Do you know Staphylococci, coliforms, pseudomonads, yeasts, intestinal bacteria and — yes — even fecal germs may be on your toothbrush?
Appropriate toothbrush storage and care are important to achieving personal oral hygiene and optimally effective plaque removal, says Maria L. Geisinger, DDS, assistant professor of periodontology in the School of Dentistry at the University of Alabama at Birmingham.
“The oral cavity is home to hundreds of different types of microorganisms, which can be transferred to a toothbrush during use,” Geisinger said. “Furthermore, most toothbrushes are stored in bathrooms, which exposes them to gastrointestinal microorganisms that may be transferred via a fecal-oral route. The number of microorganisms can vary wildly from undetectable to 1 million colony-forming units (CFUs). Proper handling and care of your toothbrush is important to your overall health.”
What constitutes proper care and handling? Geisinger answers several questions that may help better protect families from toothbrush germs.
Q. Can bacteria from your toilet really reach your toothbrush?
A. “The short answer is ‘yes.’ Enteric bacteria, which mostly occur in the intestines, can transfer to toothbrushes and thus into your mouth. This may occur through inadequate hand-washing or due to microscopic droplets released from the toilet during flushing. The topic of dirty toothbrushes was a recent subject of the popular Discovery Channel show “Mythbusters,” when 24 toothbrushes were tested, and all of them demonstrated enteric microorganisms — even those that had not been inside of a bathroom. In fact, toothbrushes may be contaminated with bacteria right out of the box, as they are not required to be packaged in a sterile manner.”
Q. What is the proper way to clean your toothbrush to help remove germs?
A. “You should thoroughly rinse toothbrushes with potable tap water after brushing to remove any remaining toothpaste and debris. Additionally, soaking toothbrushes in an antibacterial mouth rinse has been shown to decrease the level of bacteria that grow on toothbrushes.”
Q. How should you to store your toothbrush to avoid germ and bacteria buildup?
A. “The American Dental Association recommends that you not store your toothbrush in a closed container or routinely cover your toothbrush, as a damp environment is more conducive to the growth of microorganisms. Also, storing toothbrushes in an upright position and allowing them to air dry until the next use is recommended, if possible. If more than one brush is stored in an area, keeping the toothbrushes separate can aid in preventing cross-contamination.”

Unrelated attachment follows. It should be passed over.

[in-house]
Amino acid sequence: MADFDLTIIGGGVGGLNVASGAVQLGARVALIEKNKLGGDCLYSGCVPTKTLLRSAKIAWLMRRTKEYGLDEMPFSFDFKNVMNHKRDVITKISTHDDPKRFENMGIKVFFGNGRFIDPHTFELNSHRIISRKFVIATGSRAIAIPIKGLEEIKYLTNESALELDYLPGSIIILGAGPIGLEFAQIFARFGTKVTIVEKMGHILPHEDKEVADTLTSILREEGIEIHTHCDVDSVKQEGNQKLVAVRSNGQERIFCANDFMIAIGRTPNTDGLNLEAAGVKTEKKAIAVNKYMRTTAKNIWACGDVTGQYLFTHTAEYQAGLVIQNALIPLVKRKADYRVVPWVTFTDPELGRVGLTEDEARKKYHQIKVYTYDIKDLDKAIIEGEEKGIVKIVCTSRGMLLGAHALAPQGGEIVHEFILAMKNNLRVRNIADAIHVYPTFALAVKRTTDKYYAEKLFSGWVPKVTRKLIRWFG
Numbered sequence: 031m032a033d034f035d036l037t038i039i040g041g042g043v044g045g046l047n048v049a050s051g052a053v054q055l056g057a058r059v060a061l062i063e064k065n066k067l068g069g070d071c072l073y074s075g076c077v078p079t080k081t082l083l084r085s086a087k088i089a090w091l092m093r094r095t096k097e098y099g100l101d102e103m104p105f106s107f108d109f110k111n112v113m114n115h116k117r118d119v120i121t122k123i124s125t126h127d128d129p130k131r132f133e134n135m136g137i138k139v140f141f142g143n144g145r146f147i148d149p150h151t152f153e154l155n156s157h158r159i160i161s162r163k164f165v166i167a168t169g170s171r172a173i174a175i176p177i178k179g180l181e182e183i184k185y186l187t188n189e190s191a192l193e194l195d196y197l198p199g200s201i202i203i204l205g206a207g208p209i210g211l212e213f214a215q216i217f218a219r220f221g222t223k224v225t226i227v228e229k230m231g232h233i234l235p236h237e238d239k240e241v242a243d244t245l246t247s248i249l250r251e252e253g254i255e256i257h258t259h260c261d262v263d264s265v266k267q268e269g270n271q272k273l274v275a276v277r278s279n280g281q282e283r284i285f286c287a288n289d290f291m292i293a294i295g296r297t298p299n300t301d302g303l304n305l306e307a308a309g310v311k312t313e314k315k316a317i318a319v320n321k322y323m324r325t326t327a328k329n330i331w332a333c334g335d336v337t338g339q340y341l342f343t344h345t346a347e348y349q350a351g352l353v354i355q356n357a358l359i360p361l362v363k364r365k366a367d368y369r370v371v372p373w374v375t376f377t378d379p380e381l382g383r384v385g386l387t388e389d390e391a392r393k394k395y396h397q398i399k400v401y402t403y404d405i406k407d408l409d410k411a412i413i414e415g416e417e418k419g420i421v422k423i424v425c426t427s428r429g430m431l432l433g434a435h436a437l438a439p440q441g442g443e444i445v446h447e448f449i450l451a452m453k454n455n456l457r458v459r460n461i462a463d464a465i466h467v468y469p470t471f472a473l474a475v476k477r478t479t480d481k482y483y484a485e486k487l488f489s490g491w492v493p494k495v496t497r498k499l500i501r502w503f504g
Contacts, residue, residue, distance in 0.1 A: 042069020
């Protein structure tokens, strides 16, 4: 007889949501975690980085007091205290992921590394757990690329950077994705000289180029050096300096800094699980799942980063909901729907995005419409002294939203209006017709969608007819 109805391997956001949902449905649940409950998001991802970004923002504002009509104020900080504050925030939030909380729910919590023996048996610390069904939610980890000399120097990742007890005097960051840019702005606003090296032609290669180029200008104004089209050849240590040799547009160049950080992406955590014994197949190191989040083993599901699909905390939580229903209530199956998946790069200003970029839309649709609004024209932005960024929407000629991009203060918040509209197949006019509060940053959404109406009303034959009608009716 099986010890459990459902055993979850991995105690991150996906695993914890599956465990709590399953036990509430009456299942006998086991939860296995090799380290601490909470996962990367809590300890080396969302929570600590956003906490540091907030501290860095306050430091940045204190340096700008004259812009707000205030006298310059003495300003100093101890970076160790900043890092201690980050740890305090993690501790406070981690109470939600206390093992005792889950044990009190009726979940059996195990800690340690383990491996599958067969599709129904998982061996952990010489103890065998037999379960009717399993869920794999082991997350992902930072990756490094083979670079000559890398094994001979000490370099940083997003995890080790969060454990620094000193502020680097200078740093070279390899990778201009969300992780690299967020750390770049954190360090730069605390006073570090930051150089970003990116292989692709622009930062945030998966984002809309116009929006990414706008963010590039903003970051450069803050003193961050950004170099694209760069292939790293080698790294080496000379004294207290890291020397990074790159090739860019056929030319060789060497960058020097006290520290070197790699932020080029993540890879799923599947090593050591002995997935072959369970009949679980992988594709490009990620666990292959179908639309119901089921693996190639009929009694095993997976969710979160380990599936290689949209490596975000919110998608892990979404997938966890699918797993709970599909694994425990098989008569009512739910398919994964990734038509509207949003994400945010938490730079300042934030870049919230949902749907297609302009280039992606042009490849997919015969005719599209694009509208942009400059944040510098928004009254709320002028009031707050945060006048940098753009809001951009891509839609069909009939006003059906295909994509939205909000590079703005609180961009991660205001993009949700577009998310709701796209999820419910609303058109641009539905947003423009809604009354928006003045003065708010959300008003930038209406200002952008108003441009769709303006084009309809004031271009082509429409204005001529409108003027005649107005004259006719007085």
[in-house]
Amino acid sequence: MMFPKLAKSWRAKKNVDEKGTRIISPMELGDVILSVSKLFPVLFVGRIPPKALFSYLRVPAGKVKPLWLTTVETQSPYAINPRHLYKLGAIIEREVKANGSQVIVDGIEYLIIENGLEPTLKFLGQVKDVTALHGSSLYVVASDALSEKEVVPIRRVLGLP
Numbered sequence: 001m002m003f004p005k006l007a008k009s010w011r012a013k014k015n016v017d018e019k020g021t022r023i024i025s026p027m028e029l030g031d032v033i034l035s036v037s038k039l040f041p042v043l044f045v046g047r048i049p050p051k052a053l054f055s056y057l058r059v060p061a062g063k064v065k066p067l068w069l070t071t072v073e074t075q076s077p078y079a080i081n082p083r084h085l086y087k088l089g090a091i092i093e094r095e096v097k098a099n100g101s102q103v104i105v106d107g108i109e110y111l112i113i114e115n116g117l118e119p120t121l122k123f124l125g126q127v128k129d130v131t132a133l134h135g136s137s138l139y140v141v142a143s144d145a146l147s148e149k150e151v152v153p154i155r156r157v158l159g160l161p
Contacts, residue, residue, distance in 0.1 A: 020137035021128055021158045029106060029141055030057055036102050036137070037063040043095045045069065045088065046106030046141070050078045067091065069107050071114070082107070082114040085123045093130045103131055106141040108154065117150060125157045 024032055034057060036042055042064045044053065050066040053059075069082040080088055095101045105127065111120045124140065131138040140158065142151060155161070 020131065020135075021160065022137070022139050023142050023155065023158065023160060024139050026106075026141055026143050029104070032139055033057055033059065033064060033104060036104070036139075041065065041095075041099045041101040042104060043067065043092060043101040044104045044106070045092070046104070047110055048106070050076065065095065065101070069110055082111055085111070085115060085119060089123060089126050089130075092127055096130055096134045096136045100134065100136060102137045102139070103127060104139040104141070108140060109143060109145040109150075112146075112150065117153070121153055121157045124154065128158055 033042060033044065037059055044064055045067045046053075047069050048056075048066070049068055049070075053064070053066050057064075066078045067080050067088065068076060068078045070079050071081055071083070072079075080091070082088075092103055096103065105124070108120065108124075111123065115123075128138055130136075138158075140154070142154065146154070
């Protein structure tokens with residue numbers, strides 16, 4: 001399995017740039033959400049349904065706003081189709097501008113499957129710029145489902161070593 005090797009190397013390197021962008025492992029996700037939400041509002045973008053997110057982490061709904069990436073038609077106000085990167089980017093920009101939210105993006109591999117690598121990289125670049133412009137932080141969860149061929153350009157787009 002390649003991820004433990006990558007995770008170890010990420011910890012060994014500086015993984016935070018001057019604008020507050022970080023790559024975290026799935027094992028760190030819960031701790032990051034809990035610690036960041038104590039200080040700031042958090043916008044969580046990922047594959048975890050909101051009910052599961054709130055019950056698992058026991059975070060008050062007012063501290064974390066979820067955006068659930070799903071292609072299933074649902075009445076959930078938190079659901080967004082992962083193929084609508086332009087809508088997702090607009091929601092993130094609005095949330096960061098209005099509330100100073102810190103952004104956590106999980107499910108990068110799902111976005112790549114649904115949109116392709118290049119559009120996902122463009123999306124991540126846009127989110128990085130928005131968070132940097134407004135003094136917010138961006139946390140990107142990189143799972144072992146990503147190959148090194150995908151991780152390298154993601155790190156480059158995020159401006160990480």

Q. What is the proper toothbrush protocol when you are sick?
A. “Any illness that can be transmitted through body fluids should warrant separation of the toothbrush of the infected individual and, if economically feasible, replacement of the toothbrush after the illness.”
Q. How often should your toothbrush be replaced?
A. “Toothbrushes should be replaced at least every three to four months or when bristles become frayed and worn, whichever comes first.”
There are four other steps Geisinger recommends be followed to help achieve a higher quality of oral health and avoid or limit some of the causes of bacteria toothbrush buildup.
Use antimicrobial mouth rinse prior to brushing. This can decrease the bacterial load in your mouth considerably and may reduce the number of microorganisms that end up on the toothbrush after brushing.
Engage in routine dental care. Routine dental care, including regular dental cleanings, can reduce the overall bacterial load in your mouth, and the types of bacteria present, and can therefore reduce bacteria on your toothbrush. It is especially important for those with gum disease, as the oral bacteria present in their mouths can enter the bloodstream as they perform everyday activities, including eating, chewing gum and toothbrushing.
Wash your hands. Hand-washing after using the restroom and prior to using your toothbrush can reduce the likelihood of fecal-oral contamination.
Do not share toothbrushes. This seems like a no-brainer, but a large proportion of spouses admit to sharing toothbrushes. That means bacteria on those toothbrushes are being shared, including the ones that cause dental decay and periodontal disease — the two major dental diseases in adults.